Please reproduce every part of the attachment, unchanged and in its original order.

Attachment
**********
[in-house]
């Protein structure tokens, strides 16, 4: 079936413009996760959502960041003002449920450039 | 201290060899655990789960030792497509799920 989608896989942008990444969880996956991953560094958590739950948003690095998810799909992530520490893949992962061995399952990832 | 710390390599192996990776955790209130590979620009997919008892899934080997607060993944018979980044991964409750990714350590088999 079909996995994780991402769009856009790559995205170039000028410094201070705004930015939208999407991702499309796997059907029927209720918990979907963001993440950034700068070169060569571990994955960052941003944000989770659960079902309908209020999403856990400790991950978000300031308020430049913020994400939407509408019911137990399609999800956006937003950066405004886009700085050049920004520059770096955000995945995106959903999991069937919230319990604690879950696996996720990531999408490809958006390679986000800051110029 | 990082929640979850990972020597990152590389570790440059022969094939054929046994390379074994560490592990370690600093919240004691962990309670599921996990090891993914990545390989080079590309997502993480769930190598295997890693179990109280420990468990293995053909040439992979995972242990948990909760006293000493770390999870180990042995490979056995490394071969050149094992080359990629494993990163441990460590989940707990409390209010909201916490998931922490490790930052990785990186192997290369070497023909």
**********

[in-house]
């Protein structure tokens, strides 16, 4: 079936413009996760959502960041003002449920450039 | 201290060899655990789960030792497509799920 989608896989942008990444969880996956991953560094958590739950948003690095998810799909992530520490893949992962061995399952990832 | 710390390599192996990776955790209130590979620009997919008892899934080997607060993944018979980044991964409750990714350590088999 079909996995994780991402769009856009790559995205170039000028410094201070705004930015939208999407991702499309796997059907029927209720918990979907963001993440950034700068070169060569571990994955960052941003944000989770659960079902309908209020999403856990400790991950978000300031308020430049913020994400939407509408019911137990399609999800956006937003950066405004886009700085050049920004520059770096955000995945995106959903999991069937919230319990604690879950696996996720990531999408490809958006390679986000800051110029 | 990082929640979850990972020597990152590389570790440059022969094939054929046994390379074994560490592990370690600093919240004691962990309670599921996990090891993914990545390989080079590309997502993480769930190598295997890693179990109280420990468990293995053909040439992979995972242990948990909760006293000493770390999870180990042995490979056995490394071969050149094992080359990629494993990163441990460590989940707990409390209010909201916490998931922490490790930052990785990186192997290369070497023909």